Large, Distant Comets More Common Than Previously Thought
Jet Propulsion Laboratory
July 25, 2017
Comets that take more than 200 years to make one revolution around the
Sun are notoriously difficult to study. Because they spend most of their
time far from our area of the solar system, many "long-period comets"
will never approach the Sun in a person's lifetime. In fact, those that
travel inward from the Oort Cloud -- a group of icy bodies beginning roughly
186 billion miles (300 billion kilometers) away from the Sun -- can have
periods of thousands or even millions of years.
NASA's WISE spacecraft, scanning the entire sky at infrared wavelengths,
has delivered new insights about these distant wanderers. Scientists found
that there are about seven times more long-period comets measuring at
least 0.6 miles (1 kilometer) across than had been predicted previously.
They also found that long-period comets are on average up to twice as
large as "Jupiter family comets," whose orbits are shaped by Jupiter's
gravity and have periods of less than 20 years.
Researchers also observed that in eight months, three to five times as
many long-period comets passed by the Sun than had been predicted. The
findings are published in the Astronomical Journal.
"The number of comets speaks to the amount of material left over from
the solar system's formation," said James Bauer, lead author of the study
and now a research professor at the University of Maryland, College Park.
"We now know that there are more relatively large chunks of ancient material
coming from the Oort Cloud than we thought."
The Oort Cloud is too distant to be seen by current telescopes, but is
thought to be a spherical distribution of small icy bodies at the outermost
edge of the solar system. The density of comets within it is low, so the
odds of comets colliding within it are rare. Long-period comets that WISE
observed probably got kicked out of the Oort Cloud millions of years ago.
The observations were carried out during the spacecraft's primary mission
before it was renamed NEOWISE and reactivated to target near-Earth objects
"Our study is a rare look at objects perturbed out of the Oort Cloud,"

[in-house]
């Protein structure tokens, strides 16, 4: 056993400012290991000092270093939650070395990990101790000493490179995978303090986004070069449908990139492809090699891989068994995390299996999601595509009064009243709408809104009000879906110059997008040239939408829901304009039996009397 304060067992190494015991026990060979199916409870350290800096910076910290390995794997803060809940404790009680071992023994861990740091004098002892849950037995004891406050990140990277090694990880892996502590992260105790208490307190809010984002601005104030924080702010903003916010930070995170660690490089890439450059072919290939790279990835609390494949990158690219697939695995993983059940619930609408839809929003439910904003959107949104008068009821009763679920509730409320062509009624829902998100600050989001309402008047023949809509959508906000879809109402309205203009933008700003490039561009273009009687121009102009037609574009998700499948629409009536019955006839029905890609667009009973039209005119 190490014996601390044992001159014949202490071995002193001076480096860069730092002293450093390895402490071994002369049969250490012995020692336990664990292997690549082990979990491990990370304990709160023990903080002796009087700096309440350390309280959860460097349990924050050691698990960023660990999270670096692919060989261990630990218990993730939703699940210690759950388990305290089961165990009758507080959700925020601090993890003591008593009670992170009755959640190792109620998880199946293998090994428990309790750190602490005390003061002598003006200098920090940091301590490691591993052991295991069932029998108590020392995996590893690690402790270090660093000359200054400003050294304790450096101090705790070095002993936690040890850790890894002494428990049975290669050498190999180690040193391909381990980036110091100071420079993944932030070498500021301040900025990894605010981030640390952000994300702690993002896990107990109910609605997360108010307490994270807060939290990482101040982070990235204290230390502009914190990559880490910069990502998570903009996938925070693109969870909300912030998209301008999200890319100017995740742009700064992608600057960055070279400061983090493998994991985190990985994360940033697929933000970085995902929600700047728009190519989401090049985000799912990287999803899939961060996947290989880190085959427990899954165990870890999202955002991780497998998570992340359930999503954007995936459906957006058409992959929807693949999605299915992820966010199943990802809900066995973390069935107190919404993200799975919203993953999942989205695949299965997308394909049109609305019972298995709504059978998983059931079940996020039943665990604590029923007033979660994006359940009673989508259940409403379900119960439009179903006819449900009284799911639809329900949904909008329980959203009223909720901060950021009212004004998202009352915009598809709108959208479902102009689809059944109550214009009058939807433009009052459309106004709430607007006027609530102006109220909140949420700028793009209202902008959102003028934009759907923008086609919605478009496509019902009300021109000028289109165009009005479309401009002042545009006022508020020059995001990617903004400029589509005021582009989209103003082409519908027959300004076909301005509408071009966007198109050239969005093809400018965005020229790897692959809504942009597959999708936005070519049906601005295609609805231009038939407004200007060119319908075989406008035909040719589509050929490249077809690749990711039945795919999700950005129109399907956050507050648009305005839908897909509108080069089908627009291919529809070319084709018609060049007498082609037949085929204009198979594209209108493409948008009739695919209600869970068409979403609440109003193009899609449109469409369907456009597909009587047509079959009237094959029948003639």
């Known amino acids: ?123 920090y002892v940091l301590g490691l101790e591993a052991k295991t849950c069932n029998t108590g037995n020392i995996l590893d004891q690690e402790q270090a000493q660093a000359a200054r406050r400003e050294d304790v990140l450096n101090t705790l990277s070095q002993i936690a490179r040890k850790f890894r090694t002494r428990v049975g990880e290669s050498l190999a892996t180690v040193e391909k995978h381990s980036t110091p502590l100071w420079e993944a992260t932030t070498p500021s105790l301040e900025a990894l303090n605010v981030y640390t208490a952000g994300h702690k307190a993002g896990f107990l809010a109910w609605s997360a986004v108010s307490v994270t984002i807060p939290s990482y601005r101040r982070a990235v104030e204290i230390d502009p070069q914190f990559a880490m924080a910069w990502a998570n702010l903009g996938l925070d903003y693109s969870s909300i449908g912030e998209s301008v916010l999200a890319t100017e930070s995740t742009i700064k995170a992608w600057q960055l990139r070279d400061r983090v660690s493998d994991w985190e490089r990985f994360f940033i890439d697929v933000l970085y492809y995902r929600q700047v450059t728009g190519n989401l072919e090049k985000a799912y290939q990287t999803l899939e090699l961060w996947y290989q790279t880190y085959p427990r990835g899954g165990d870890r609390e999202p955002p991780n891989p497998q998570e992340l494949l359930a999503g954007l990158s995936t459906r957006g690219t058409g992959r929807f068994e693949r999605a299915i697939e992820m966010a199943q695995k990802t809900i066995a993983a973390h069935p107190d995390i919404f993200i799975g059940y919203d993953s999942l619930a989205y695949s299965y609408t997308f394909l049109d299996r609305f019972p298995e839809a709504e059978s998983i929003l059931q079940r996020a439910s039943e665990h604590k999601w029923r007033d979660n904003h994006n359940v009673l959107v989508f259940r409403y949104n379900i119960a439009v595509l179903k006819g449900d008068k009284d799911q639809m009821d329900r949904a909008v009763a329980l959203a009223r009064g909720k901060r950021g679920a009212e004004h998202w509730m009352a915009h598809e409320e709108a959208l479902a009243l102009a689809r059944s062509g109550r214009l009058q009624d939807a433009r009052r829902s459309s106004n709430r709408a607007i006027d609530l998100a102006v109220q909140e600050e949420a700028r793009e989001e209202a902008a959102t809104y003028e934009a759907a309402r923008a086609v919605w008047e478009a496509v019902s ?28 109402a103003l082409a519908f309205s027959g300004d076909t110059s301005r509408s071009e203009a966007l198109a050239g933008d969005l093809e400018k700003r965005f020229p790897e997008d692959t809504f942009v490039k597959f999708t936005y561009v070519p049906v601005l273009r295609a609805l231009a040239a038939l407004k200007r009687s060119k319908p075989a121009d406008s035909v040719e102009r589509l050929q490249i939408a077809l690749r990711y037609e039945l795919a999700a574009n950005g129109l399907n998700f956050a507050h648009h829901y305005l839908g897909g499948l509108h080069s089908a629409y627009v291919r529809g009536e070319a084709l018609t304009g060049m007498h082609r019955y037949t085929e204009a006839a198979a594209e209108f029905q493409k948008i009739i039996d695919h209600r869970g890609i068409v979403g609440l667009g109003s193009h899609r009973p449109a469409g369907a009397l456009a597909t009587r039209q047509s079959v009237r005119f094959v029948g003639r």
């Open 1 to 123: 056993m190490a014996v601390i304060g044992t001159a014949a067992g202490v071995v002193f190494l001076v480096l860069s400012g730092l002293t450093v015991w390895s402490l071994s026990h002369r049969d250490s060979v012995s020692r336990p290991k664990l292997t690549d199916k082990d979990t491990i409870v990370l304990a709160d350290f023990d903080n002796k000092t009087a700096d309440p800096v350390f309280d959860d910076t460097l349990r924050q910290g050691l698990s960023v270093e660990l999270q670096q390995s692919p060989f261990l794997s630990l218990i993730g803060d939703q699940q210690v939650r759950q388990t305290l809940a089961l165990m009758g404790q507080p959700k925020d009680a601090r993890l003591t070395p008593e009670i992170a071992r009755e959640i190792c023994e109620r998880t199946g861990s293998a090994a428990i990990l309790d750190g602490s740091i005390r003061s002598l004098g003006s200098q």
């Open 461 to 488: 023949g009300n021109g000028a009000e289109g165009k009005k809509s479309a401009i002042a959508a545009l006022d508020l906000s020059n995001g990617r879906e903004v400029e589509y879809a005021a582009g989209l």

said Amy Mainzer, study co-author based at NASA's Jet Propulsion Laboratory,
Pasadena, California, and principal investigator of the NEOWISE mission.
"They are the most pristine examples of what the solar system was like
when it formed."
Astronomers already had broader estimates of how many long-period and
Jupiter family comets are in our solar system, but had no good way of
measuring the sizes of long-period comets. That is because a comet has
a "coma," a cloud of gas and dust that appears hazy in images and obscures
the cometary nucleus. But by using the WISE data showing the infrared
glow of this coma, scientists were able to "subtract" the coma from the
overall comet and estimate the nucleus sizes of these comets. The data
came from 2010 WISE observations of 95 Jupiter family comets and 56 long-period
The results reinforce the idea that comets that pass by the Sun more often
tend to be smaller than those spending much more time away from the Sun.
That is because Jupiter family comets get more heat exposure, which causes
volatile substances like water to sublimate and drag away other material
from the comet's surface as well.
"Our results mean there's an evolutionary difference between Jupiter family
and long-period comets," Bauer said.
The existence of so many more long-period comets than predicted suggests
that more of them have likely impacted planets, delivering icy materials
from the outer reaches of the solar system.
Researchers also found clustering in the orbits of the long-period comets
they studied, suggesting there could have been larger bodies that broke
apart to form these groups.
The results will be important for assessing the likelihood of comets impacting
our solar system's planets, including Earth.
"Comets travel much faster than asteroids, and some of them are very big,"
Mainzer said. "Studies like this will help us define what kind of hazard
long-period comets may pose."
NASA's Jet Propulsion Laboratory in Pasadena, California, managed and
operated WISE for NASA's Science Mission Directorate in Washington. The
NEOWISE project is funded by the Near Earth Object Observation Program,
now part of NASA's Planetary Defense Coordination Office. The spacecraft
was put into hibernation mode in 2011 after twice scanning the entire
sky, thereby completing its main objectives. In September 2013, WISE was
reactivated, renamed NEOWISE and assigned a new mission to assist NASA's
efforts to identify potentially hazardous near-Earth objects.
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Jet Propulsion Laboratory, Pasadena, Calif.